Art State of Mind

Just Married: Wedding Paintings which Will Secure a Happy Future Together

Magda Michalska 13 February 2021 min Read

Is it only me, or do you also find yourself seeing all those happy photos of your friends/acquaintances getting married while scrolling your Facebook feed? Feels like I’m becoming a second Bridget Jones, “all by myself”…  Anyway, since I’m the fairy godmother I want to wish all the newlyweds all the best on the new stage of their lives and hence I’m posting here the most famous wedding paintings for good auspices and of course, as usual, some art-historical inspiration:

Engagement

Wedding paintings: Jan van Eyck, Giovanni Arnolfini and His Wife (the Arnolfini Portrait),
Wedding paintings: Jan van Eyck, Giovanni Arnolfini and His Wife (the Arnolfini Portrait), 1434, The National Gallery, London, England, UK.

This painting can be interpreted in threefold ways: as an engagement portrait of Giovanni Arnolfini with his young fiancee (in this case, her swollen belly is considered as an expression of an ideal of beauty popular at the times of van Eyck, just think of Lucas Cranach); or as a scene of an act of marriage itself; or as a newlywed portrait in which the wife is already expecting the first child. Van Eyck inserted several symbolic objects in this work, starting with a puppy, which is a symbol of fidelity, to the slippers which symbolized comfort of home, to oranges on a windowsill symbolizing fecundity in marriage as well as wealth, to finally the convex mirror at the wall which may symbolize the Eye of God who witnesses the marriage of the two.

Procession

Wedding paintings: Giotto, The Virgin's Wedding Procession, 1305, Scrovegni Chapel, Padua, Italy.
Wedding paintings: Giotto, The Virgin’s Wedding Procession, 1305, Scrovegni Chapel, Padua, Italy.

Giotto was a real master of depicting emotion (considered the first one to do so in Western painting): just look at Mary’s face, she is so unsure and nervous, anxiously playing with her wedding dress. Giotto’s genius makes one almost feel her panic and fear of marrying an older man.
(On a lighter note: can anyone help me name the plant sticking out of the balcony? I’m guessing it’s a palm, which the Jews used for blessing, but I’m still not sure, any leads appreciated!).
UPDATE: Dagmar Atynski from Vienna suggests that the leaf is rather of an acanthus plant which is a symbol of long life. Any other opinions?

Ceremony

Henri Rousseau, The wedding party, c.1905, Musée de l'Orangerie, Paris, France.
Wedding paintings: Henri Rousseau, The wedding party, c.1905, Musée de l’Orangerie, Paris, France.

And here it comes, the special moment! Everyone looks so serious but I guess it’s because they are trying very hard not to cry… And then, Rousseau shows us that the presently-fashionable weddings en plain air are not our invention at all. Notice the dog, a chromatic counterpart to the blinding white of the wedding dress and again, the symbol of fidelity.

Reception

Wedding paintings: Pieter Bruegel the Elder, Peasant Wedding, 1568, Kunsthistorisches Museum, Vienna, Austria
Wedding paintings: Pieter Bruegel the Elder, Peasant Wedding, 1568, Kunsthistorisches Museum, Vienna, Austria.

By far my favorite part of any wedding! (maybe that’s why I’m not married yet, lol). Even at a peasant wedding, there is food in abundance, some good drink, a band trying to sound professional while in reality dreaming of eating too, and kids = always a little bit forgotten – sitting in a corner. In this genre scene, the newlyweds are not important at all: it’s the guests and the lively atmosphere of comforting chaos that Bruegel the Elder perfectly portrayed.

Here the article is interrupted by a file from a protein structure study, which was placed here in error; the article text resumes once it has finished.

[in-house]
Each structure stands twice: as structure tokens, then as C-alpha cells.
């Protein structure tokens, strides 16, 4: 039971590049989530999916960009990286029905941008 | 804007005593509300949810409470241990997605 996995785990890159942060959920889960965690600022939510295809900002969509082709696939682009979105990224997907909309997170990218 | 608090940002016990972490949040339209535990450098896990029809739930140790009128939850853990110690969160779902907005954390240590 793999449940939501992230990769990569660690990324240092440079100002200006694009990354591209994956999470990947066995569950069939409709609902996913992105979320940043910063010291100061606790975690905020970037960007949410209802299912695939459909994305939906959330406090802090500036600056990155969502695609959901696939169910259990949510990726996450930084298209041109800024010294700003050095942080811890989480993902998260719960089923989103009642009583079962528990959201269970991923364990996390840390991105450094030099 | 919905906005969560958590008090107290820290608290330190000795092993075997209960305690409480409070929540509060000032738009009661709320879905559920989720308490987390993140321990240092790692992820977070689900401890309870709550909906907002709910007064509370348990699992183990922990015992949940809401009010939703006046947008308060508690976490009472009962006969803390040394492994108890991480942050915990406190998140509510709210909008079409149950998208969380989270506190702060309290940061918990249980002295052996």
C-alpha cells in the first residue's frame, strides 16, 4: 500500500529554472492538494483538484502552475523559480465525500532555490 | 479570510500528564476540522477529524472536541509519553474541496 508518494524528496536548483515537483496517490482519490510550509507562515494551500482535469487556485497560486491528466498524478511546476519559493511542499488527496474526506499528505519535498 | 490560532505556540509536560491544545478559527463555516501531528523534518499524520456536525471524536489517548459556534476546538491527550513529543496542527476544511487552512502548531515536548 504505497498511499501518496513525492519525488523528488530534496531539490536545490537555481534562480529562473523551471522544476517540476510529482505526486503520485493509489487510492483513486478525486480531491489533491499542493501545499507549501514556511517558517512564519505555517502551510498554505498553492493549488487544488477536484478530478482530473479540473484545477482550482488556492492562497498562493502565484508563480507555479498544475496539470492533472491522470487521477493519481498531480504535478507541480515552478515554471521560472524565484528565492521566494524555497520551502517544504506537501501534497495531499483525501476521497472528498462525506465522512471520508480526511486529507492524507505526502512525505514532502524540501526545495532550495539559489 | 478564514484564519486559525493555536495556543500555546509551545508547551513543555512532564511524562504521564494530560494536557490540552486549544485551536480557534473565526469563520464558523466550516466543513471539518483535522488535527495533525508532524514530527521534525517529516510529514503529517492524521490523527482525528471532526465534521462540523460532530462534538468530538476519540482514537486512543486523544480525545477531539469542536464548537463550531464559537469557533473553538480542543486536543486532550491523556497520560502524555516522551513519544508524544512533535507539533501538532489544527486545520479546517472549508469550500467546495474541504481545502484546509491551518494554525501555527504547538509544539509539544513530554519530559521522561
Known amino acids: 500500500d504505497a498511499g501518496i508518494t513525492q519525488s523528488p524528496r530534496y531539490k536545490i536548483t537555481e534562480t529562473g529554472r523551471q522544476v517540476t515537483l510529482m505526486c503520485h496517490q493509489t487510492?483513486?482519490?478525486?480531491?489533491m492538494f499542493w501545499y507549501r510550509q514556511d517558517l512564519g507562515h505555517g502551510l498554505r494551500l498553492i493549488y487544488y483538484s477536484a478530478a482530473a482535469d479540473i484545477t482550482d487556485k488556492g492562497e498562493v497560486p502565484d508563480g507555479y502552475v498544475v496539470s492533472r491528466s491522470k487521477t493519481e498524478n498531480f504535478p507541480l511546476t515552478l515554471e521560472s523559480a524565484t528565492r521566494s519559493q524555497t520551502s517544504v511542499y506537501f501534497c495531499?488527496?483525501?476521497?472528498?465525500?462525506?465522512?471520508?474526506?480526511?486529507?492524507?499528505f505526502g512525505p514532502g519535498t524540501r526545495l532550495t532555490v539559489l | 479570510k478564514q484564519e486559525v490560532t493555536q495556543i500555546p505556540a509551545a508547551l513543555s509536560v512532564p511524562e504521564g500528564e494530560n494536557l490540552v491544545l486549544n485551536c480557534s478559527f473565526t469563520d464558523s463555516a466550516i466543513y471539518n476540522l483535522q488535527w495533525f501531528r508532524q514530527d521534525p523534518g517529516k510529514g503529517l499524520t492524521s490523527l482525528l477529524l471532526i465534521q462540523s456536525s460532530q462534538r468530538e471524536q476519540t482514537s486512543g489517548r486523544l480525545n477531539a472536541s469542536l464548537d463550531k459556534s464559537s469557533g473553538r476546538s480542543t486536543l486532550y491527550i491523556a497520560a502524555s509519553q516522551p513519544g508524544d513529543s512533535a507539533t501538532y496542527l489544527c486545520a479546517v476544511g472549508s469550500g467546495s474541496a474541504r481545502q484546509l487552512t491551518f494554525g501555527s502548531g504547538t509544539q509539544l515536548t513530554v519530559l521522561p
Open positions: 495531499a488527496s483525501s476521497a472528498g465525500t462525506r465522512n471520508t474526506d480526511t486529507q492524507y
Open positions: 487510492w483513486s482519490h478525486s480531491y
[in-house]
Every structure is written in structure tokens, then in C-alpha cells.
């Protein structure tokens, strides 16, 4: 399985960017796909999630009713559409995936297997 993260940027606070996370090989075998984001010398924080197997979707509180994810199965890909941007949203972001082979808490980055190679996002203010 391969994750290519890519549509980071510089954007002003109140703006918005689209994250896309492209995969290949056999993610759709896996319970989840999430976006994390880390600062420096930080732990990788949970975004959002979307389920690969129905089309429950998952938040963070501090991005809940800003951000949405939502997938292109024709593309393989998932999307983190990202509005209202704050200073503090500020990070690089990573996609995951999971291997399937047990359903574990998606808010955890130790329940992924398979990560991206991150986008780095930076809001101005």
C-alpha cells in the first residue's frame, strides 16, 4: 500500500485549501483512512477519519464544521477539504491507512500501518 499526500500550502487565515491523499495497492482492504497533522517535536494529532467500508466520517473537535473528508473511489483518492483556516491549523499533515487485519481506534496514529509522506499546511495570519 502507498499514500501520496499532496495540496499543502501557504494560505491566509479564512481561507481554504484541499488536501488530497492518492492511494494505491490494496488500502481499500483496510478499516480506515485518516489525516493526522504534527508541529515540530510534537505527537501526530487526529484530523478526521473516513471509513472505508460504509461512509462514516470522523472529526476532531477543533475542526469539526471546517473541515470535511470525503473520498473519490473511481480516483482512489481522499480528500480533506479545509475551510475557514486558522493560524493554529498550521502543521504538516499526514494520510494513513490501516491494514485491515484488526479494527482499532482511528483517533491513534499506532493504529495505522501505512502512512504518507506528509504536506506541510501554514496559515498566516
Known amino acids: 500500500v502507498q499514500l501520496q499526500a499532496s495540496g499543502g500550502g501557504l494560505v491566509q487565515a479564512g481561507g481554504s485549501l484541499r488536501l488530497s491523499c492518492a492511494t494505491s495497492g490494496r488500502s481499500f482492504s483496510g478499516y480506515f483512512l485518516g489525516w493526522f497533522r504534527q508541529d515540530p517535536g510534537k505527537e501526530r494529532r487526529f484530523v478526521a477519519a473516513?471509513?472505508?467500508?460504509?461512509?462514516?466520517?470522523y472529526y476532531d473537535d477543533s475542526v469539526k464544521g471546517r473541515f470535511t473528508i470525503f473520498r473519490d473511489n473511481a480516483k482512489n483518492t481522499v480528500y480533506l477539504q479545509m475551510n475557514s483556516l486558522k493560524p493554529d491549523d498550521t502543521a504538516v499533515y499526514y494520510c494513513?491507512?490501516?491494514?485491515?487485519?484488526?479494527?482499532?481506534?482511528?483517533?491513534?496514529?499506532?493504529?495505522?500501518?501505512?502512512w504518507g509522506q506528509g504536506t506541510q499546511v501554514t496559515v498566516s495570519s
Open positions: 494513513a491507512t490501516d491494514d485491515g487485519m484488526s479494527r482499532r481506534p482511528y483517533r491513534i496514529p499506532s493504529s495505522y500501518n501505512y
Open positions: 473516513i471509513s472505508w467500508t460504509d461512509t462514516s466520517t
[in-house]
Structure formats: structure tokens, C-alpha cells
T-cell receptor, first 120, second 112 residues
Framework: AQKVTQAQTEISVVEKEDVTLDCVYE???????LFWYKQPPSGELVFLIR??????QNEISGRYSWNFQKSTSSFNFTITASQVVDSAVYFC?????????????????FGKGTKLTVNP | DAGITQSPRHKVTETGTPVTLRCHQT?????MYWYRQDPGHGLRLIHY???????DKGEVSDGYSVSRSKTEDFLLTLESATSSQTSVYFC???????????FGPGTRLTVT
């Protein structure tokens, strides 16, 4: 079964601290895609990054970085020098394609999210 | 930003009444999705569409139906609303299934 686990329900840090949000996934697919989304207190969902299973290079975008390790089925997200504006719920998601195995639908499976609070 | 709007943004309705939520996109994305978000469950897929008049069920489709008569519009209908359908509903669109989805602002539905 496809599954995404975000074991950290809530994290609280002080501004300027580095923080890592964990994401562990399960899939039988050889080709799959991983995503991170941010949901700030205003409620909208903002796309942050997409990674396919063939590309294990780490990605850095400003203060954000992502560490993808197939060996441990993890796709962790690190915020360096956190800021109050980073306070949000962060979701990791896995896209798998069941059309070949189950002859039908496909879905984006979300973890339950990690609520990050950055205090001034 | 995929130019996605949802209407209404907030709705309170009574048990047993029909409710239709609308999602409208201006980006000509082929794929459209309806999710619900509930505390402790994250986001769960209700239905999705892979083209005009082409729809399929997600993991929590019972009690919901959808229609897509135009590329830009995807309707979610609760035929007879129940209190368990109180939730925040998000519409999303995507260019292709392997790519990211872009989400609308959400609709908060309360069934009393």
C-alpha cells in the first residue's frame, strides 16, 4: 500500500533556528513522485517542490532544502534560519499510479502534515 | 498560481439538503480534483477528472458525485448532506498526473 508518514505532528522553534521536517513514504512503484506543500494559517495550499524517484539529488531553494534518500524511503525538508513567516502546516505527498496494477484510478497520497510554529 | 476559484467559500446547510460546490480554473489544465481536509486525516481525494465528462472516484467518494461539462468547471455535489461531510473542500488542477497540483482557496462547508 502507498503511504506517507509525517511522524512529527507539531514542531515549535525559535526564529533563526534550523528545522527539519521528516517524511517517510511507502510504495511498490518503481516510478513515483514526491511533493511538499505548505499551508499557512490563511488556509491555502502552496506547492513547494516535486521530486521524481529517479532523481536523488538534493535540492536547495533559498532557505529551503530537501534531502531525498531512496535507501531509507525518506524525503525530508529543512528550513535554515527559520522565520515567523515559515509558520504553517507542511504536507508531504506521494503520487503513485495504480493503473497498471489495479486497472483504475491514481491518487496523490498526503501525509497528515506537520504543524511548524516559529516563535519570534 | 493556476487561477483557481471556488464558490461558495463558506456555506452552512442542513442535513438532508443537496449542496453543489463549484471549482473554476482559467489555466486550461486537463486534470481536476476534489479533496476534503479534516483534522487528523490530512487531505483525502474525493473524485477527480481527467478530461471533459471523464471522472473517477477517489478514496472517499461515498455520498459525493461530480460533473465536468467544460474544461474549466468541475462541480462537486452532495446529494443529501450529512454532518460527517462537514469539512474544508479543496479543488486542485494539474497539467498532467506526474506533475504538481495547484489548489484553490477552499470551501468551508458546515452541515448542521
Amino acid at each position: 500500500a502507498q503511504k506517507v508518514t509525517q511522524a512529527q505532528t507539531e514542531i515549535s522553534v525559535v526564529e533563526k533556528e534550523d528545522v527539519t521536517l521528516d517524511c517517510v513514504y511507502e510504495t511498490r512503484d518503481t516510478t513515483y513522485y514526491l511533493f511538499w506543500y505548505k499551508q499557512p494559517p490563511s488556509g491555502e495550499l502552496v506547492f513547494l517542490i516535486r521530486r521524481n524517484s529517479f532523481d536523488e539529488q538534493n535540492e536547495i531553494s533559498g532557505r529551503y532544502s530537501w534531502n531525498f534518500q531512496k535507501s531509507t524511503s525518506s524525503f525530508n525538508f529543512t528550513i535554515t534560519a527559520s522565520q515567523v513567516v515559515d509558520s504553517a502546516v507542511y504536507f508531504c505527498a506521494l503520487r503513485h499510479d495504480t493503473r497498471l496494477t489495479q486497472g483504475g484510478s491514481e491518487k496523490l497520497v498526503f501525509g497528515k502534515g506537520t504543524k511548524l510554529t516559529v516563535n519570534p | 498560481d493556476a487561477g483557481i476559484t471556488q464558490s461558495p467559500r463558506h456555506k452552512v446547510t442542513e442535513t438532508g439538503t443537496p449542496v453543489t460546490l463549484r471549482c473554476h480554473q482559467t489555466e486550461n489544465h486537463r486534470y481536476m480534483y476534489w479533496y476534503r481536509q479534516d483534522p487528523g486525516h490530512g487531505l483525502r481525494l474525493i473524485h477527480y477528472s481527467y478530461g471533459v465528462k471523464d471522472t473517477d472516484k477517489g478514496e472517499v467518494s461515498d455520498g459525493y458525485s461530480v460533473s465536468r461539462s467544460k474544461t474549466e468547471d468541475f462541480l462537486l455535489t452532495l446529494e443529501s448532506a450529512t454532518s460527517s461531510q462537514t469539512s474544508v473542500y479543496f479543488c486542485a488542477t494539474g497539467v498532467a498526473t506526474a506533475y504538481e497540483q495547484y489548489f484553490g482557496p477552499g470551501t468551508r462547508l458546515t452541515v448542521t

Party, party, party!

Wedding paintings: Pieter Bruegel the Elder, The Wedding Dance in the open air, c.1566, Detroit Institute of Arts, Detroit, MI, USA.
Wedding paintings: Pieter Bruegel the Elder, The Wedding Dance in the open air, c.1566, Detroit Institute of Arts, Detroit, MI, USA.

My second favorite part of the wedding, when everyone is happily full and a little tipsy, the party moves to the dancefloor, or on a meadow as in this case. Whirling, and jumping, and kissing randomly (can you spot the couple?), and stepping on other people’s feet, so much fuuuuuuuuuun!

Wedding night

Wedding paintings: Dante Gabriel Rossetti, The wedding of Saint George and Princess Sabra, 1857, Tate Britain, London, England, UK.
Wedding paintings: Dante Gabriel Rossetti, The wedding of Saint George and Princess Sabra, 1857, Tate Britain, London, England, UK.

While all the guests are having fun till the early hours of the morning, the newlyweds finally have a moment just to themselves. Although in the Golden Legend, which contributed to the diffusion of the story of St George in England, the princess remains anonymous, Sabra is a name supplied by Elizabethan writer Richard Johnson around 1596. In his Seven Champions of Christendom, Sabra, who is an Egyptian princess, marries her savior and has children.

Afterparty

Wedding paintings: Edvard Munch, The Wedding of the Bohemian, Munch Seated on the Far Left, 1925, Munch Museum, Oslo, Norway.
Wedding paintings: Edvard Munch, The Wedding of the Bohemian, Munch Seated on the Far Left, 1925, Munch Museum, Oslo, Norway.

The day after the wedding, when the bride and groom are already gone for their honeymoon, everyone else reconvenes to eat leftovers from the night before. The atmosphere is bittersweet, some are a little hungover, some complain about how much their feet hurt from too much dancing or shoes that are too uncomfortable/high, some reminisce about their own wedding, and the parents who feel joy and emptiness at the same time.

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